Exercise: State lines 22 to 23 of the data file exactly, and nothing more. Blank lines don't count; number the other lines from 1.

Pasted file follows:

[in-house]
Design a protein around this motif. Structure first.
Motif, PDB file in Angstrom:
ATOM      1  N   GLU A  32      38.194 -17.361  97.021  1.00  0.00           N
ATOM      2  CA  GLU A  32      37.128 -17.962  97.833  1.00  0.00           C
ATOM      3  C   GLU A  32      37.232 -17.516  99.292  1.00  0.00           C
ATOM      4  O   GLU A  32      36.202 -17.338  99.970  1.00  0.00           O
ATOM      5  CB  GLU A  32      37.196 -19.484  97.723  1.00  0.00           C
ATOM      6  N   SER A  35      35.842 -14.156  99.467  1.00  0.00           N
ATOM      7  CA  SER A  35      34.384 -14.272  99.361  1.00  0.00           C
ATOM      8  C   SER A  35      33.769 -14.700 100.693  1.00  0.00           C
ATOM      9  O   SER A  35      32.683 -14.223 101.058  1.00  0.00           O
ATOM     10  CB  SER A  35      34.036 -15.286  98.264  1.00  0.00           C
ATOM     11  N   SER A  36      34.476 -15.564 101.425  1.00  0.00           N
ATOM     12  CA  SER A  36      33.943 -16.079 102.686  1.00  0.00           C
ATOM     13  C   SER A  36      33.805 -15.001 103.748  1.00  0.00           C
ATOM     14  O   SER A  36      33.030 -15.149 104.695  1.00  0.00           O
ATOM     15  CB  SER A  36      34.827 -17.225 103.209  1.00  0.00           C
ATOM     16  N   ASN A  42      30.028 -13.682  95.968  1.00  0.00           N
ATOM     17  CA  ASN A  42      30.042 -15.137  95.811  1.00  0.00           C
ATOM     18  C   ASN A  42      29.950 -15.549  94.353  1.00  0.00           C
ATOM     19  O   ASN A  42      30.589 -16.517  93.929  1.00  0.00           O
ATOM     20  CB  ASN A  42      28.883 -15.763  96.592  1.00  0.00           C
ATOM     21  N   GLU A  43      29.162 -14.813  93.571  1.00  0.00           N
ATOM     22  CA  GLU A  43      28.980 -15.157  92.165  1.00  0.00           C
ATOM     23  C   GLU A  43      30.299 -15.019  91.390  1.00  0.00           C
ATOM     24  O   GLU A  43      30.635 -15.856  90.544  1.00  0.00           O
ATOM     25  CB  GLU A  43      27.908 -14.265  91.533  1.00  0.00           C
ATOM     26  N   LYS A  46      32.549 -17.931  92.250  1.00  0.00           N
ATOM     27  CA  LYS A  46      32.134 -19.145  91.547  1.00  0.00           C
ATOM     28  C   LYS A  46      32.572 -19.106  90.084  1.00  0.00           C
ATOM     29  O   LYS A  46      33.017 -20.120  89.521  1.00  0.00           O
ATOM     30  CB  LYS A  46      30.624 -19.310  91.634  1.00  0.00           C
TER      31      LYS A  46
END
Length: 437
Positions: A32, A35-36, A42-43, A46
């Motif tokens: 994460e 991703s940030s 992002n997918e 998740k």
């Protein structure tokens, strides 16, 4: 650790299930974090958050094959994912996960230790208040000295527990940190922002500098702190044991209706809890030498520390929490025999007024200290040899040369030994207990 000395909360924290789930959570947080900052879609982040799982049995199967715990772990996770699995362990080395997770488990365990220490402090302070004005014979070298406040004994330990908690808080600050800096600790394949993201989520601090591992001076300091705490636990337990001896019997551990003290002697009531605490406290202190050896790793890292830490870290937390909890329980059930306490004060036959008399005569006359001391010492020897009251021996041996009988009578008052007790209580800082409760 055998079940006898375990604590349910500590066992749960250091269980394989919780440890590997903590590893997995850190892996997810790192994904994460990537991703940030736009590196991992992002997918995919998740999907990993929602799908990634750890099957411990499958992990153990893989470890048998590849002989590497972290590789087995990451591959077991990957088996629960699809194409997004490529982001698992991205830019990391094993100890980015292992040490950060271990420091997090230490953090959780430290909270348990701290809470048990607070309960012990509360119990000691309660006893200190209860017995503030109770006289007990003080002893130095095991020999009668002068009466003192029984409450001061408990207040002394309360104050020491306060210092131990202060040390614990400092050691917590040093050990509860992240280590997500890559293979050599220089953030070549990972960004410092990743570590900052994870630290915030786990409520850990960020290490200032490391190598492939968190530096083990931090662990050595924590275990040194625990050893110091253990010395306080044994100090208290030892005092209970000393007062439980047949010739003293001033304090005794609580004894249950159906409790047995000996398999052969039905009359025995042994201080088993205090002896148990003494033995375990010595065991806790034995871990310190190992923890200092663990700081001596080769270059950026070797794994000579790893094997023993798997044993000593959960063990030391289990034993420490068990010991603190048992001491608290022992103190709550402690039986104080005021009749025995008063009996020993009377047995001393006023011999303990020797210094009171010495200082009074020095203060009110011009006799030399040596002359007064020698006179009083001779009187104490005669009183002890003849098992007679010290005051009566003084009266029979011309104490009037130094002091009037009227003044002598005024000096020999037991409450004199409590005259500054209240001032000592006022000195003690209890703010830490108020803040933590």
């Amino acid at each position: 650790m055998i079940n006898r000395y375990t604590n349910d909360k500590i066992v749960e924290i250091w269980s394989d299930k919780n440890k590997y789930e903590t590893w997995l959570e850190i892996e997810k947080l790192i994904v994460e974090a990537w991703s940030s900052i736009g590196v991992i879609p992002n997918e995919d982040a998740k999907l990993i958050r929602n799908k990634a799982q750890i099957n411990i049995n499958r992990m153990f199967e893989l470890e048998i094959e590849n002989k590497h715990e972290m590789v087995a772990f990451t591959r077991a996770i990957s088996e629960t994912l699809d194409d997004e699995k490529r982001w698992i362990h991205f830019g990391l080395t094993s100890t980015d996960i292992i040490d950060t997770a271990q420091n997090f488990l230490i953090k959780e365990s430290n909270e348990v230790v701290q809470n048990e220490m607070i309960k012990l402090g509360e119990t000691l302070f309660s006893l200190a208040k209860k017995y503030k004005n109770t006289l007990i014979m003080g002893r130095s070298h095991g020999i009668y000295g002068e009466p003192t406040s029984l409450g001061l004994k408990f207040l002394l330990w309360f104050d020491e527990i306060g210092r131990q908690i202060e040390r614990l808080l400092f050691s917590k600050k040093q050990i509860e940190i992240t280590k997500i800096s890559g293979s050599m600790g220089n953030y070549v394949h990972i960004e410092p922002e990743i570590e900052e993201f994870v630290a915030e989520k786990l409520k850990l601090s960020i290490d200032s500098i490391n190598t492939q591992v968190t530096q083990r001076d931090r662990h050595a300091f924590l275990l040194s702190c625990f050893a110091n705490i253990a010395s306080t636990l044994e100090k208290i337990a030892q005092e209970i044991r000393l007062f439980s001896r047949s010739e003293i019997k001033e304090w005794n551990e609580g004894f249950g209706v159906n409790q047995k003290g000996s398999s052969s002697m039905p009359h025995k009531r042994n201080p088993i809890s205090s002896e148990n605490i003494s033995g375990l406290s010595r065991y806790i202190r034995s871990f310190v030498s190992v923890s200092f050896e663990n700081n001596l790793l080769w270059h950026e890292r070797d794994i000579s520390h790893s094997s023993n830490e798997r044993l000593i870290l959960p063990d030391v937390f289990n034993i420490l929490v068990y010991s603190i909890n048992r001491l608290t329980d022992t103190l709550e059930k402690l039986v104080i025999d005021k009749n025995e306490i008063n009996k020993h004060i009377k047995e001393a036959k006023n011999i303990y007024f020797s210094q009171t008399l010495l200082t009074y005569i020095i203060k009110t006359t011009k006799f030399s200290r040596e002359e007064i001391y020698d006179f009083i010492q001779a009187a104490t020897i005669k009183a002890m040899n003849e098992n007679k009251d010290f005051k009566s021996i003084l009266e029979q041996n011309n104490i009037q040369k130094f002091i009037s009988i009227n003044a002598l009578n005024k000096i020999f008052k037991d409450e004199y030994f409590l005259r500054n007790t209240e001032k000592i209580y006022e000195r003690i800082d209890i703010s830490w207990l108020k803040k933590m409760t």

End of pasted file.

ATOM     19  O   ASN A  42      30.589 -16.517  93.929  1.00  0.00           O
ATOM     20  CB  ASN A  42      28.883 -15.763  96.592  1.00  0.00           C